Network Rail (NR) is facing an unlimited fine after its lawyers said they would plead guilty to health and safety breaches leading up to the fatal Grayrigg train crash.
Margaret Masson, 84, died from multiple injuries after a Virgin Pendolino London to Glasgow express crashed on the West Coast Main Line near the Cumbrian village of Grayrigg on February 23 2007.
The 300-tonne multiple unit derailed at 95mph after hitting a faulty set of points, with all nine carriages of the tilting train coming off the tracks.
Mrs Masson, who was returning home to Glasgow after spending a week with family in Lancashire, was airlifted from the wreckage but pronounced dead hours later from multiple injuries.
Eighty-six passengers and two crew were also hurt – 28 of them seriously – as the carriages sped down an embankment, .
The firm’s lawyers appeared at Lancaster Magistrates’ Court yesterday for breaching health and safety law, following criminal proceedings started by the Office of Rail Regulation (ORR).
Network Rail, which is responsible for track maintenance, is facing a charge under section 3(1) of the 1974 Health and Safety at Work Act.
Stretcher bars holding the moveable rails a set distance apart when the points are operated failed, causing the train to derail.
Network Rail chief executive David Higgins said later: “Within hours of the event it was clear that we were responsible, that the infrastructure was at fault, so it is right that we plead guilty.
“We again apologise to Mrs Masson’s family for the undoubted grief this has caused them.”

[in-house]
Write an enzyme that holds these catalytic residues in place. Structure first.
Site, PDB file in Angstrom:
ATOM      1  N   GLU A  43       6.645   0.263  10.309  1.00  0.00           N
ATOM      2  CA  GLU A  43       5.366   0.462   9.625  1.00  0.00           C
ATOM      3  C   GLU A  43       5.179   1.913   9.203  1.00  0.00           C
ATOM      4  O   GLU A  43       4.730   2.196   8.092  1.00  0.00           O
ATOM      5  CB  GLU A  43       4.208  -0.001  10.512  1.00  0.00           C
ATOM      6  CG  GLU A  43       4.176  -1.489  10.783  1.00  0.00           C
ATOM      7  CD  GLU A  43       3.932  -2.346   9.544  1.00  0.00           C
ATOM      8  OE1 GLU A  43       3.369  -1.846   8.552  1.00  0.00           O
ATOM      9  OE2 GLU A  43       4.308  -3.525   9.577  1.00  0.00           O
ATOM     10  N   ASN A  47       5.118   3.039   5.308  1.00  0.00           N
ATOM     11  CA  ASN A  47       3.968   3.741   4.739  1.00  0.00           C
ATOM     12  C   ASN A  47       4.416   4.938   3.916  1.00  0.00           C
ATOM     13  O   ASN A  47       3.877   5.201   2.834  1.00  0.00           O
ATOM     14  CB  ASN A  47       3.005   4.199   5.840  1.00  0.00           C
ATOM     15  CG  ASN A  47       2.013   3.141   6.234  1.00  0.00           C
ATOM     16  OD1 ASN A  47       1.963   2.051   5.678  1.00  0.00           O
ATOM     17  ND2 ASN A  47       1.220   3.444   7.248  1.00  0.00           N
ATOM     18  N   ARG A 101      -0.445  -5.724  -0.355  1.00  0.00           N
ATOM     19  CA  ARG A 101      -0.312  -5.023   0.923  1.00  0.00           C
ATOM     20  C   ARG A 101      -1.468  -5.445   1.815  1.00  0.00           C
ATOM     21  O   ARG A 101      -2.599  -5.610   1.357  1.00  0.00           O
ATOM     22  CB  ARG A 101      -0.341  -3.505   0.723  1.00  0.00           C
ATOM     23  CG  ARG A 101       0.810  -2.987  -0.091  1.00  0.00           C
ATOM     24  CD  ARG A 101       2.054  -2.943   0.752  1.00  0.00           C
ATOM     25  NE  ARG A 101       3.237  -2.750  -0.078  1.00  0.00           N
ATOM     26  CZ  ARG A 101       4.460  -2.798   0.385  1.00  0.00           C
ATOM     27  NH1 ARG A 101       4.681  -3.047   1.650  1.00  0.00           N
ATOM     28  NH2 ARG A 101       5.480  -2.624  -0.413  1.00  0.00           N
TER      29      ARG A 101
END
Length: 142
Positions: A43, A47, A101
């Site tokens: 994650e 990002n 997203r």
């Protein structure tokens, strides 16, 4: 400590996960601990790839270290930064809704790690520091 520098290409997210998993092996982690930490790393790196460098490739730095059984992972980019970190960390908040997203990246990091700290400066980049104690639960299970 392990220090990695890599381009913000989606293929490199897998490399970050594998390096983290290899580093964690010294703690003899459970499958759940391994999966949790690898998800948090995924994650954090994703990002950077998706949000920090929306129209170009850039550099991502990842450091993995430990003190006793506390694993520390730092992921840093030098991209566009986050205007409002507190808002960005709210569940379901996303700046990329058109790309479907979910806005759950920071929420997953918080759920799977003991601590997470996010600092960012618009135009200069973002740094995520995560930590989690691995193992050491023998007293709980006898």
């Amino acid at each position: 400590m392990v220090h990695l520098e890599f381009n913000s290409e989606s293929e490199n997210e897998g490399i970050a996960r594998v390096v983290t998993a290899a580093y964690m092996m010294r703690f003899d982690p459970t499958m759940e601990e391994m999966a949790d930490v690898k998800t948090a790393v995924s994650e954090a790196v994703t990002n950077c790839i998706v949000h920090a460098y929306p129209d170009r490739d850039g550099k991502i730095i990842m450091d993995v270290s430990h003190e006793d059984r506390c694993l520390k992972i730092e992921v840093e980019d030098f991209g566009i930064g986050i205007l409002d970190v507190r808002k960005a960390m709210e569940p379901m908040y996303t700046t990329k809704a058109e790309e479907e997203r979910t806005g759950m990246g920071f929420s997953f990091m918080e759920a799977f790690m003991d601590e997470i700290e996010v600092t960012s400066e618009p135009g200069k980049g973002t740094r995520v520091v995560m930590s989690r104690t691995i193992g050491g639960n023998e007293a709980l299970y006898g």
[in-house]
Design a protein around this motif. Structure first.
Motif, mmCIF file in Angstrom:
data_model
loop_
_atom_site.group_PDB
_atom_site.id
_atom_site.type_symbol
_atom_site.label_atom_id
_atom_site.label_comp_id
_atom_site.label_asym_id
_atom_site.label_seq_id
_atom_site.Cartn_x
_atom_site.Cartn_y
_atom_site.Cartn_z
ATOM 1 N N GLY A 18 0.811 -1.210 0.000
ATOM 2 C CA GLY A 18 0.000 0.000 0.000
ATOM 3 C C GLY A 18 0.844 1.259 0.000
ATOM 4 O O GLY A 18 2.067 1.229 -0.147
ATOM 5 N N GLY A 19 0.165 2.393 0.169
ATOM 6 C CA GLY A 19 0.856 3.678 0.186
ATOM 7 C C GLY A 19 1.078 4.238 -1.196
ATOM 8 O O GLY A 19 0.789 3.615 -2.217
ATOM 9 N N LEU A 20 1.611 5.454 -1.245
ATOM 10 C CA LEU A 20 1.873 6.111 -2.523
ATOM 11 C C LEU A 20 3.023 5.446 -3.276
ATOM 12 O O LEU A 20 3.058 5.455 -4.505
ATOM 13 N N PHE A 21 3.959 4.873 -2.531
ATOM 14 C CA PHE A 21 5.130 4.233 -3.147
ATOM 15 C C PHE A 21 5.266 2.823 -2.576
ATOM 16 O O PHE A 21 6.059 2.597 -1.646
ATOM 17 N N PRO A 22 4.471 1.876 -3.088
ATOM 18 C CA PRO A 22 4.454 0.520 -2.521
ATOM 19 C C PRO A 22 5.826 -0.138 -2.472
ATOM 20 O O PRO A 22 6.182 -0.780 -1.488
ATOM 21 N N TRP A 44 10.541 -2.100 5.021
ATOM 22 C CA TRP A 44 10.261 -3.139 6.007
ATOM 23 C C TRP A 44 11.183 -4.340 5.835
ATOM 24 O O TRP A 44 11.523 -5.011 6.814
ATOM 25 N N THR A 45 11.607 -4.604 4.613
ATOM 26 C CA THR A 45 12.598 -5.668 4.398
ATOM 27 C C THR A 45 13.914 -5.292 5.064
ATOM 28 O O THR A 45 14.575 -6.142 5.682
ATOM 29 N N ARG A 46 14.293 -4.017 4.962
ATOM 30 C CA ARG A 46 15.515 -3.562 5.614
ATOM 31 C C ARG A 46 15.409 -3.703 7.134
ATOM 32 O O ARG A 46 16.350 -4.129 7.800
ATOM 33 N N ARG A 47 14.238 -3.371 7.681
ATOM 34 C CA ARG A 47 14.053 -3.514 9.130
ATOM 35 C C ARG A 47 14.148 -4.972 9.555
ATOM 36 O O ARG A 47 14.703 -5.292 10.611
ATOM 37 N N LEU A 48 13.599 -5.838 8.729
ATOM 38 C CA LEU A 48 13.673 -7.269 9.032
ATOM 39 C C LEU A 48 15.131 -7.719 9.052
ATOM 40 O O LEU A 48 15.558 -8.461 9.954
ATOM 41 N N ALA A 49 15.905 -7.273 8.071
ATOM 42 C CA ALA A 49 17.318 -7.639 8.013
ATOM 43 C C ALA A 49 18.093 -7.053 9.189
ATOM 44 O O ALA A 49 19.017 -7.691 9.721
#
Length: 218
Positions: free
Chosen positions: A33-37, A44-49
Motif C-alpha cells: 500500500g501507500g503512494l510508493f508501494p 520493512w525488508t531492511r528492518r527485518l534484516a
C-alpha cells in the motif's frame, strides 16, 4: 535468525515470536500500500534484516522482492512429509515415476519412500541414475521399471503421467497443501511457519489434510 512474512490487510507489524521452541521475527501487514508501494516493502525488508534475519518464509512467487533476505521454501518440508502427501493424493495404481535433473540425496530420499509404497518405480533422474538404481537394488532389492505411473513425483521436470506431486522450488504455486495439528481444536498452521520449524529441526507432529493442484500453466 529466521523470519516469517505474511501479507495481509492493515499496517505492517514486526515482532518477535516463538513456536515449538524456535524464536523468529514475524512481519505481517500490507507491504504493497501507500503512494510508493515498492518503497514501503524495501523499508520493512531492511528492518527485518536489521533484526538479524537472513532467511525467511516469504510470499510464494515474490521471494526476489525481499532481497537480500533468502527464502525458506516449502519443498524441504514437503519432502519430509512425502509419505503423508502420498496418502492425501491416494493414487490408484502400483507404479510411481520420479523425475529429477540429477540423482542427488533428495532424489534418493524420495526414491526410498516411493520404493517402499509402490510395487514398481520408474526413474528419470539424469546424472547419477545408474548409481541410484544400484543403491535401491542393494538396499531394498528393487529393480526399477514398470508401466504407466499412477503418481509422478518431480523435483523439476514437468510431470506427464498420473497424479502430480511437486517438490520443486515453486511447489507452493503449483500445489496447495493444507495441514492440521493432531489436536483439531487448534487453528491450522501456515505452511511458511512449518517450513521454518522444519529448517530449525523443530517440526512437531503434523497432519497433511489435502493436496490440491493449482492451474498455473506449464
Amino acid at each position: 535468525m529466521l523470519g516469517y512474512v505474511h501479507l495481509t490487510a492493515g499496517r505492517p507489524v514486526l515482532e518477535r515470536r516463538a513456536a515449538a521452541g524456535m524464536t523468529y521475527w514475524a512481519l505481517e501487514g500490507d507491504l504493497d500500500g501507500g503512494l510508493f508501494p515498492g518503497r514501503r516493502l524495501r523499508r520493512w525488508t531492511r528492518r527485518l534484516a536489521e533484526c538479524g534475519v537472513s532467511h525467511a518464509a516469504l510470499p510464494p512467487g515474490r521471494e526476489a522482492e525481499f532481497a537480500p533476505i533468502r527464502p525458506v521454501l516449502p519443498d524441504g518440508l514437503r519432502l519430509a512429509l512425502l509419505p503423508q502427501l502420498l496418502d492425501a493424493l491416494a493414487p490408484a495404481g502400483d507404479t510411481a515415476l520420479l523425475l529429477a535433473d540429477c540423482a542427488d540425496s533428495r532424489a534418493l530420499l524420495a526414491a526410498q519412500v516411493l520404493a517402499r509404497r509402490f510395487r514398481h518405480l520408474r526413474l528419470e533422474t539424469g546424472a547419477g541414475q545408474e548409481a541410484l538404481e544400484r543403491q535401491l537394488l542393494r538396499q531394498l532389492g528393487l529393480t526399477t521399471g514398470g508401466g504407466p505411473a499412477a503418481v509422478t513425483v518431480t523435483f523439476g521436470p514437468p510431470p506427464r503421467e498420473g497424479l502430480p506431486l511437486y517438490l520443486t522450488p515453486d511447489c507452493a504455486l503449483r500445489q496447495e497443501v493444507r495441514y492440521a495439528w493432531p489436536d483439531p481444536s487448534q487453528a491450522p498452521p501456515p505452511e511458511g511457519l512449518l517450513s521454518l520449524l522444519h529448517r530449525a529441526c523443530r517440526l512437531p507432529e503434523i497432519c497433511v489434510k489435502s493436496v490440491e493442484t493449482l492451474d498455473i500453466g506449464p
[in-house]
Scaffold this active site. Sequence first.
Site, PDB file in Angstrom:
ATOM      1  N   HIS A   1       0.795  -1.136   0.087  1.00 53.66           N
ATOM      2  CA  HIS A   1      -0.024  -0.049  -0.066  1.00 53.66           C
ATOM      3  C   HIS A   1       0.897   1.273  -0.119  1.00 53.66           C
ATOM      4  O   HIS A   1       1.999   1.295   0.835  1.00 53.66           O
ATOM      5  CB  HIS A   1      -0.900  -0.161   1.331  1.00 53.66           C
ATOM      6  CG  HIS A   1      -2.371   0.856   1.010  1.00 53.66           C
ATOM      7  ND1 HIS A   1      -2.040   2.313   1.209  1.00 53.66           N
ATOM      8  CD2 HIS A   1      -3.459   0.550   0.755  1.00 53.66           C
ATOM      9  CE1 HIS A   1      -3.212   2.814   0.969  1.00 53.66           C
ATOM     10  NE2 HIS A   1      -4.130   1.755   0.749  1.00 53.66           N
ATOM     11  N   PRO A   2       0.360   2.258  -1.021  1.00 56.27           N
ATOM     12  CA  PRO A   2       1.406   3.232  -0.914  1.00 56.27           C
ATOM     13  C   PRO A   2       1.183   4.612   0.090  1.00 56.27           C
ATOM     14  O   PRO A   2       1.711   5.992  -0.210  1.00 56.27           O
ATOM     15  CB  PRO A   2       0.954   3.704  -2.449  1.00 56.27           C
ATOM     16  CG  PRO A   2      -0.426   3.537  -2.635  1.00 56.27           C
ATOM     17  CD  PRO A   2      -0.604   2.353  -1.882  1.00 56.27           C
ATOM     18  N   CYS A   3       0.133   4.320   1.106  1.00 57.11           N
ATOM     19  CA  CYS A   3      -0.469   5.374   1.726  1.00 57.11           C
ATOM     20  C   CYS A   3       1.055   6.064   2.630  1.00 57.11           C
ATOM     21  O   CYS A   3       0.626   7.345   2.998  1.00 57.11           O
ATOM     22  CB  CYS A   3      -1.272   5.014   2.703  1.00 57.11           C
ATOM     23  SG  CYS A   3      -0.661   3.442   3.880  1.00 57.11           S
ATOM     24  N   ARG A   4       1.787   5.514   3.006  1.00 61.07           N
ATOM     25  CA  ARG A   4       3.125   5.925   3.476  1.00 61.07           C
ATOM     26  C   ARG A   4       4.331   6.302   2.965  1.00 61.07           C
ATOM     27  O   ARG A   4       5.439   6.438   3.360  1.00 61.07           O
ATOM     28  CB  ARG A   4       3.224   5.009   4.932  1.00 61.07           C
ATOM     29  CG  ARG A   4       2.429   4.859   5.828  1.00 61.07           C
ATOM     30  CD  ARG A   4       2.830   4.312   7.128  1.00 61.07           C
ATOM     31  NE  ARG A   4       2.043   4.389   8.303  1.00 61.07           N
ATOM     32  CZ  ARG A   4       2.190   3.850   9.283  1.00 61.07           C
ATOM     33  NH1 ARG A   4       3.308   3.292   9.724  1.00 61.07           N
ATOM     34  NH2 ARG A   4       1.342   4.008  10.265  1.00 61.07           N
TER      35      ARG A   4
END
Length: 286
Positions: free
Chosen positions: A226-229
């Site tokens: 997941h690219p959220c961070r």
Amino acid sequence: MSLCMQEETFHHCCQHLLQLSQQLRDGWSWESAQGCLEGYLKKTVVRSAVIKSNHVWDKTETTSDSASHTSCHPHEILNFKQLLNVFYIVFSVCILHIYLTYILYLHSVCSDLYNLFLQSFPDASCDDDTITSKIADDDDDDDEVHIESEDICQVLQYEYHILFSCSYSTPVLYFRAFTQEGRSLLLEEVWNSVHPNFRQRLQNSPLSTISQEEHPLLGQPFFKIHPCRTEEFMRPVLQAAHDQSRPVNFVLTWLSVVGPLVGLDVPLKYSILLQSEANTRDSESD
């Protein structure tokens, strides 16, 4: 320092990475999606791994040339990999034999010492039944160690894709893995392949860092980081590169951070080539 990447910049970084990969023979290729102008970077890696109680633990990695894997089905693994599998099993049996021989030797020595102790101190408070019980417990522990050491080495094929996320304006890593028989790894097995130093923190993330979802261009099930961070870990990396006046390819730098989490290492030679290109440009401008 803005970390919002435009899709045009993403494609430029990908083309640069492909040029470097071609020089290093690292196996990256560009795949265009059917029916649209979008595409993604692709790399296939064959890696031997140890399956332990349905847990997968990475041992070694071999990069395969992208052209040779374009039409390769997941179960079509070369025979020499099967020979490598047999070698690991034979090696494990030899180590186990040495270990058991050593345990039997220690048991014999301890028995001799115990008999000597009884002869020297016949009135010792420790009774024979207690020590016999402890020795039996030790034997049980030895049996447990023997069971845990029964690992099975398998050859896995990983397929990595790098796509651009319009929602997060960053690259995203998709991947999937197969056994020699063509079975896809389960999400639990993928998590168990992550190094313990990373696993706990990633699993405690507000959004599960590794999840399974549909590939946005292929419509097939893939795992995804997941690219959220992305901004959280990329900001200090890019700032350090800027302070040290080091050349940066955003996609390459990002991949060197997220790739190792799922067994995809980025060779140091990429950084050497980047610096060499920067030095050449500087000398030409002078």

He added: “While there were faults at hand in 2007, we have been determined to recognise what we got wrong and put it right.
“An event like this affects everyone in the company, and especially those with responsibility for the track.
He added: “Since the accident, much has changed in the way we plan and carry out maintenance work, with new systems put in place to improve the quality and safety of our railway.
“We have one of the safest passenger railways in Europe and safety will always be our number one priority.”
A spokesman for the Office of Rail Regulation (ORR) said: “Our thoughts are with the family of Mrs Masson and all those involved in this incident. ORR will do everything it can to ensure that the prosecution proceeds as quickly as possible.”
The crash occurred five years ago this month and the hearing took just five minutes for NR to admit they were at fault.
Prashant Popat QC, representing the firm, said he was authorised to enter a guilty plea.
Legal technicalities mean the plea is still an “indication” as the firm could not formally enter a guilty plea until a further hearing at Preston Crown Court.
Nicholas Hilliard QC, representing the ORR, told the court it was the failure of the stretcher bars, either detached, missing or broken, that caused the derailment but investigations revealed “that the system for inspection and maintenance were themselves inadequate and what systems there were had not been properly followed”.
The case was sent to Preston Crown Court where NR will face a fine, unlimited in amount, when sentence is passed on April 2.
NR had assumed responsibility for the crash from its predecessor rail infrastructure company, Railtrack.